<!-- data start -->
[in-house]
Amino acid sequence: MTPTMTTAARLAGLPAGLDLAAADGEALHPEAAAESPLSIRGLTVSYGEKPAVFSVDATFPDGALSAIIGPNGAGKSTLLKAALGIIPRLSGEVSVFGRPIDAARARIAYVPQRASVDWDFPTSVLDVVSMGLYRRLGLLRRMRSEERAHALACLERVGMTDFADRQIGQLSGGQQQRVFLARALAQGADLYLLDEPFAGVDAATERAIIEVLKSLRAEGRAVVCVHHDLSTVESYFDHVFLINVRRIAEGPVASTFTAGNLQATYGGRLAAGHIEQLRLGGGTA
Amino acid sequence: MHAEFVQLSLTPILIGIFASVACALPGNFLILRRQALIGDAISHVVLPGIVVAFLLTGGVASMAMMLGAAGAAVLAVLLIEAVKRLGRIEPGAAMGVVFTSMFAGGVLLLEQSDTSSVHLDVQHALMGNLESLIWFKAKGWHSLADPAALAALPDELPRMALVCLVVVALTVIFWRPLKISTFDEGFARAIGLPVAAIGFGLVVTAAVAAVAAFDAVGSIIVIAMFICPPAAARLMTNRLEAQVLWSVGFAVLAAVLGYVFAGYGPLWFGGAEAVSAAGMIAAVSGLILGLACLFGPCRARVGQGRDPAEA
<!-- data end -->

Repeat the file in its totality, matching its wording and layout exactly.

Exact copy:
[in-house]
Amino acid sequence: MTPTMTTAARLAGLPAGLDLAAADGEALHPEAAAESPLSIRGLTVSYGEKPAVFSVDATFPDGALSAIIGPNGAGKSTLLKAALGIIPRLSGEVSVFGRPIDAARARIAYVPQRASVDWDFPTSVLDVVSMGLYRRLGLLRRMRSEERAHALACLERVGMTDFADRQIGQLSGGQQQRVFLARALAQGADLYLLDEPFAGVDAATERAIIEVLKSLRAEGRAVVCVHHDLSTVESYFDHVFLINVRRIAEGPVASTFTAGNLQATYGGRLAAGHIEQLRLGGGTA
Amino acid sequence: MHAEFVQLSLTPILIGIFASVACALPGNFLILRRQALIGDAISHVVLPGIVVAFLLTGGVASMAMMLGAAGAAVLAVLLIEAVKRLGRIEPGAAMGVVFTSMFAGGVLLLEQSDTSSVHLDVQHALMGNLESLIWFKAKGWHSLADPAALAALPDELPRMALVCLVVVALTVIFWRPLKISTFDEGFARAIGLPVAAIGFGLVVTAAVAAVAAFDAVGSIIVIAMFICPPAAARLMTNRLEAQVLWSVGFAVLAAVLGYVFAGYGPLWFGGAEAVSAAGMIAAVSGLILGLACLFGPCRARVGQGRDPAEA